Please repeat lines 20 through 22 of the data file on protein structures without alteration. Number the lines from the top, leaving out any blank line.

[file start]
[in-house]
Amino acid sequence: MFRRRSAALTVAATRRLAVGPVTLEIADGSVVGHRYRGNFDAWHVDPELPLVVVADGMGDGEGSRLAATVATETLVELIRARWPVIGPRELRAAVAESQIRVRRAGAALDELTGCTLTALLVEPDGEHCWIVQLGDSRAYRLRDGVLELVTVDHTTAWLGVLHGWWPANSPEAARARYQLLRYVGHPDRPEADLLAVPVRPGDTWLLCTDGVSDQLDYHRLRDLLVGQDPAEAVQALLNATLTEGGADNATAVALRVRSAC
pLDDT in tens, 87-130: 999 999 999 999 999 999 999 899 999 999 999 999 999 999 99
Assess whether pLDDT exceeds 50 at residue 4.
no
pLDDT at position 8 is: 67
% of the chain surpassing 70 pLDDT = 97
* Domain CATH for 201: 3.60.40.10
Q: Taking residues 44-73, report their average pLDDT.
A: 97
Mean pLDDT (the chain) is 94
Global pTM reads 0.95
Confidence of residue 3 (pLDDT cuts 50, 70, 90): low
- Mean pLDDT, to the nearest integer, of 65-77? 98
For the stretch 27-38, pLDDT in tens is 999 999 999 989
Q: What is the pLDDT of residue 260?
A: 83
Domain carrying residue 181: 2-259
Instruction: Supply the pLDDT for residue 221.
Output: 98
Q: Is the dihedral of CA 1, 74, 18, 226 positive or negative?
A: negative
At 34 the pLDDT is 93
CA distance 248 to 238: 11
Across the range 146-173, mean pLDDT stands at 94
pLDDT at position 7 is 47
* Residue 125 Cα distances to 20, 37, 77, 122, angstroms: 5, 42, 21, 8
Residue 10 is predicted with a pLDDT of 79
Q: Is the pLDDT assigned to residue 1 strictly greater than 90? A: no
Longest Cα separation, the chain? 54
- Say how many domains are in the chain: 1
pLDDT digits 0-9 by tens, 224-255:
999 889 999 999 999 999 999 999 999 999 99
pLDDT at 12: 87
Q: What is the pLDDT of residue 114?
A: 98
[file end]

Output: 98
Q: Is the dihedral of CA 1, 74, 18, 226 positive or negative?
A: negative